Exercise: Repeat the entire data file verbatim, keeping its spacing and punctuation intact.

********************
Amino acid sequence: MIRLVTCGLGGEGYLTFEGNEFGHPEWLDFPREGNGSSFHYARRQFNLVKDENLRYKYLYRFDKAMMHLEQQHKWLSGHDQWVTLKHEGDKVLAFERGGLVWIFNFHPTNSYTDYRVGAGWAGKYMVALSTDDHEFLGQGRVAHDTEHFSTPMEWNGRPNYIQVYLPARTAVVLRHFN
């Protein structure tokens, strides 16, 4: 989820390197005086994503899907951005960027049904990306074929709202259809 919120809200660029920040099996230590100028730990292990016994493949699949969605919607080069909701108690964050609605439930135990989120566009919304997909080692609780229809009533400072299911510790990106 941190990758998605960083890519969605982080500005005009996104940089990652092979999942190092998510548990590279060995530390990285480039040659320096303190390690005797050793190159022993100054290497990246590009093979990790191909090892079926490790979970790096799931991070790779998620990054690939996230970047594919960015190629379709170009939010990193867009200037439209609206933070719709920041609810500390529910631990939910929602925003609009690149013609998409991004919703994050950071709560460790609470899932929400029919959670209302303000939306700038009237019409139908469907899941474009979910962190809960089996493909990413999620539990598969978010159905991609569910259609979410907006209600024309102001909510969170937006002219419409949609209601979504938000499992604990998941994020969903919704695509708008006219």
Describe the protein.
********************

Amino acid sequence: MIRLVTCGLGGEGYLTFEGNEFGHPEWLDFPREGNGSSFHYARRQFNLVKDENLRYKYLYRFDKAMMHLEQQHKWLSGHDQWVTLKHEGDKVLAFERGGLVWIFNFHPTNSYTDYRVGAGWAGKYMVALSTDDHEFLGQGRVAHDTEHFSTPMEWNGRPNYIQVYLPARTAVVLRHFN
């Protein structure tokens, strides 16, 4: 989820390197005086994503899907951005960027049904990306074929709202259809 919120809200660029920040099996230590100028730990292990016994493949699949969605919607080069909701108690964050609605439930135990989120566009919304997909080692609780229809009533400072299911510790990106 941190990758998605960083890519969605982080500005005009996104940089990652092979999942190092998510548990590279060995530390990285480039040659320096303190390690005797050793190159022993100054290497990246590009093979990790191909090892079926490790979970790096799931991070790779998620990054690939996230970047594919960015190629379709170009939010990193867009200037439209609206933070719709920041609810500390529910631990939910929602925003609009690149013609998409991004919703994050950071709560460790609470899932929400029919959670209302303000939306700038009237019409139908469907899941474009979910962190809960089996493909990413999620539990598969978010159905991609569910259609979410907006209600024309102001909510969170937006002219419409949609209601979504938000499992604990998941994020969903919704695509708008006219």
Describe the protein.